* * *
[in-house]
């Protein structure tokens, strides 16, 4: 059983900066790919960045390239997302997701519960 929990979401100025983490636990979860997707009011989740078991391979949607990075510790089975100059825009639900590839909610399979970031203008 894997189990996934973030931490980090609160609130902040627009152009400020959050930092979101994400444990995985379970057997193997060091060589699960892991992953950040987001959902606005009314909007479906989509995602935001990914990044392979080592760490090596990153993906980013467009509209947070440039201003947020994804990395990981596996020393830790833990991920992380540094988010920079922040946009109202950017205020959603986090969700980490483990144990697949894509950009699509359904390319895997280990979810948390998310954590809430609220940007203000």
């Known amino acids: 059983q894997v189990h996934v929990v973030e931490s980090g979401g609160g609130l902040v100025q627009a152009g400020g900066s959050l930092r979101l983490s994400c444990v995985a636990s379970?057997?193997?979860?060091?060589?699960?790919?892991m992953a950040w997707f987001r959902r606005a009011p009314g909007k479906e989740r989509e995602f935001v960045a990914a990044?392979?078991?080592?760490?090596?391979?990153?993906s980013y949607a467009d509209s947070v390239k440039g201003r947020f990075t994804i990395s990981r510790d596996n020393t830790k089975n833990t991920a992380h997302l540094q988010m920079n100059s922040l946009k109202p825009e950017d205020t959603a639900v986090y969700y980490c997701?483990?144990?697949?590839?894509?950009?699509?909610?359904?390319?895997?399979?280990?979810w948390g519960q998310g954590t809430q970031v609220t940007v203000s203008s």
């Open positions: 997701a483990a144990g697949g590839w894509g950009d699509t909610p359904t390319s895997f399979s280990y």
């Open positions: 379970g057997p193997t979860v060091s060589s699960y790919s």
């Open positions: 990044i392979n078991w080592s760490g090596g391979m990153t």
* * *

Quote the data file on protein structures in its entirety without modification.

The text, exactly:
[in-house]
């Protein structure tokens, strides 16, 4: 059983900066790919960045390239997302997701519960 929990979401100025983490636990979860997707009011989740078991391979949607990075510790089975100059825009639900590839909610399979970031203008 894997189990996934973030931490980090609160609130902040627009152009400020959050930092979101994400444990995985379970057997193997060091060589699960892991992953950040987001959902606005009314909007479906989509995602935001990914990044392979080592760490090596990153993906980013467009509209947070440039201003947020994804990395990981596996020393830790833990991920992380540094988010920079922040946009109202950017205020959603986090969700980490483990144990697949894509950009699509359904390319895997280990979810948390998310954590809430609220940007203000």
């Known amino acids: 059983q894997v189990h996934v929990v973030e931490s980090g979401g609160g609130l902040v100025q627009a152009g400020g900066s959050l930092r979101l983490s994400c444990v995985a636990s379970?057997?193997?979860?060091?060589?699960?790919?892991m992953a950040w997707f987001r959902r606005a009011p009314g909007k479906e989740r989509e995602f935001v960045a990914a990044?392979?078991?080592?760490?090596?391979?990153?993906s980013y949607a467009d509209s947070v390239k440039g201003r947020f990075t994804i990395s990981r510790d596996n020393t830790k089975n833990t991920a992380h997302l540094q988010m920079n100059s922040l946009k109202p825009e950017d205020t959603a639900v986090y969700y980490c997701?483990?144990?697949?590839?894509?950009?699509?909610?359904?390319?895997?399979?280990?979810w948390g519960q998310g954590t809430q970031v609220t940007v203000s203008s």
């Open positions: 997701a483990a144990g697949g590839w894509g950009d699509t909610p359904t390319s895997f399979s280990y």
């Open positions: 379970g057997p193997t979860v060091s060589s699960y790919s």
């Open positions: 990044i392979n078991w080592s760490g090596g391979m990153t």